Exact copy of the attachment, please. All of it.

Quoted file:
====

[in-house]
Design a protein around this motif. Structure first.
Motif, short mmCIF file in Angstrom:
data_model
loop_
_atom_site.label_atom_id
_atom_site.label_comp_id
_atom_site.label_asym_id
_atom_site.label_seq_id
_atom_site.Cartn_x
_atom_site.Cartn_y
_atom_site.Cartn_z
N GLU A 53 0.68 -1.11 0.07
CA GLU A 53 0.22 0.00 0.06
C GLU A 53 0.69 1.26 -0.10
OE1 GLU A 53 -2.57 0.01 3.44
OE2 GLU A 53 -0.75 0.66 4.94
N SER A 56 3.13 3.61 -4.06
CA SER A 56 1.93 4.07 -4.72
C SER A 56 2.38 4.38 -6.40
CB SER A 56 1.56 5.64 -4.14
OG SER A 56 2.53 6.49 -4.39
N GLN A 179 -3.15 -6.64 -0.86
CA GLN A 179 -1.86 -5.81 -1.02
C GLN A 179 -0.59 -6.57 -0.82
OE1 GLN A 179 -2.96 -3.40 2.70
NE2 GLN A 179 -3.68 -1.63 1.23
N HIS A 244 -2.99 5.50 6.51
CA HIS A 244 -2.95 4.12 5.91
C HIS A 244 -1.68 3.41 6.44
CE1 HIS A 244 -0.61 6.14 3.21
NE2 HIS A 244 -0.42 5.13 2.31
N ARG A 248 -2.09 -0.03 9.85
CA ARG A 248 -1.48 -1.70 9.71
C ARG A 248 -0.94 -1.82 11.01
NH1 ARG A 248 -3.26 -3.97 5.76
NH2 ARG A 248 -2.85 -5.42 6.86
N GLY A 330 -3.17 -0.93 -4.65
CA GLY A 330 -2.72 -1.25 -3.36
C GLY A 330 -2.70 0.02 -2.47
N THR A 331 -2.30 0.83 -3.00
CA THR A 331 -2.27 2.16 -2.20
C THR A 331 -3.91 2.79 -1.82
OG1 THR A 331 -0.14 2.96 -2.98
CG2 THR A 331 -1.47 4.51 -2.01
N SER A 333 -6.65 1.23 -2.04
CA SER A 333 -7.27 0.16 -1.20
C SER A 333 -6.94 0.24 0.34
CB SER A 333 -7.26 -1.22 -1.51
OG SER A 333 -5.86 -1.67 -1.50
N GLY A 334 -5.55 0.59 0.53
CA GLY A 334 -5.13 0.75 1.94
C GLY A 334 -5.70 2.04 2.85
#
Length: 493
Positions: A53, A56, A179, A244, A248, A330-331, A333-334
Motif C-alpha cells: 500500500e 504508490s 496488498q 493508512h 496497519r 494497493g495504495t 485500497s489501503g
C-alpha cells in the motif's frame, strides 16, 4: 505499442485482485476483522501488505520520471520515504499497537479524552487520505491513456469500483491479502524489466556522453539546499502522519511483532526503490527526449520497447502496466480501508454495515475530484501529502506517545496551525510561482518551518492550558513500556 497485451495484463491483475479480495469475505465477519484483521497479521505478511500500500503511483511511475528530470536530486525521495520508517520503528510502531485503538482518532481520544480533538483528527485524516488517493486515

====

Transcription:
[in-house]
Design a protein around this motif. Structure first.
Motif, short mmCIF file in Angstrom:
data_model
loop_
_atom_site.label_atom_id
_atom_site.label_comp_id
_atom_site.label_asym_id
_atom_site.label_seq_id
_atom_site.Cartn_x
_atom_site.Cartn_y
_atom_site.Cartn_z
N GLU A 53 0.68 -1.11 0.07
CA GLU A 53 0.22 0.00 0.06
C GLU A 53 0.69 1.26 -0.10
OE1 GLU A 53 -2.57 0.01 3.44
OE2 GLU A 53 -0.75 0.66 4.94
N SER A 56 3.13 3.61 -4.06
CA SER A 56 1.93 4.07 -4.72
C SER A 56 2.38 4.38 -6.40
CB SER A 56 1.56 5.64 -4.14
OG SER A 56 2.53 6.49 -4.39
N GLN A 179 -3.15 -6.64 -0.86
CA GLN A 179 -1.86 -5.81 -1.02
C GLN A 179 -0.59 -6.57 -0.82
OE1 GLN A 179 -2.96 -3.40 2.70
NE2 GLN A 179 -3.68 -1.63 1.23
N HIS A 244 -2.99 5.50 6.51
CA HIS A 244 -2.95 4.12 5.91
C HIS A 244 -1.68 3.41 6.44
CE1 HIS A 244 -0.61 6.14 3.21
NE2 HIS A 244 -0.42 5.13 2.31
N ARG A 248 -2.09 -0.03 9.85
CA ARG A 248 -1.48 -1.70 9.71
C ARG A 248 -0.94 -1.82 11.01
NH1 ARG A 248 -3.26 -3.97 5.76
NH2 ARG A 248 -2.85 -5.42 6.86
N GLY A 330 -3.17 -0.93 -4.65
CA GLY A 330 -2.72 -1.25 -3.36
C GLY A 330 -2.70 0.02 -2.47
N THR A 331 -2.30 0.83 -3.00
CA THR A 331 -2.27 2.16 -2.20
C THR A 331 -3.91 2.79 -1.82
OG1 THR A 331 -0.14 2.96 -2.98
CG2 THR A 331 -1.47 4.51 -2.01
N SER A 333 -6.65 1.23 -2.04
CA SER A 333 -7.27 0.16 -1.20
C SER A 333 -6.94 0.24 0.34
CB SER A 333 -7.26 -1.22 -1.51
OG SER A 333 -5.86 -1.67 -1.50
N GLY A 334 -5.55 0.59 0.53
CA GLY A 334 -5.13 0.75 1.94
C GLY A 334 -5.70 2.04 2.85
#
Length: 493
Positions: A53, A56, A179, A244, A248, A330-331, A333-334
Motif C-alpha cells: 500500500e 504508490s 496488498q 493508512h 496497519r 494497493g495504495t 485500497s489501503g
C-alpha cells in the motif's frame, strides 16, 4: 505499442485482485476483522501488505520520471520515504499497537479524552487520505491513456469500483491479502524489466556522453539546499502522519511483532526503490527526449520497447502496466480501508454495515475530484501529502506517545496551525510561482518551518492550558513500556 497485451495484463491483475479480495469475505465477519484483521497479521505478511500500500503511483511511475528530470536530486525521495520508517520503528510502531485503538482518532481520544480533538483528527485524516488517493486515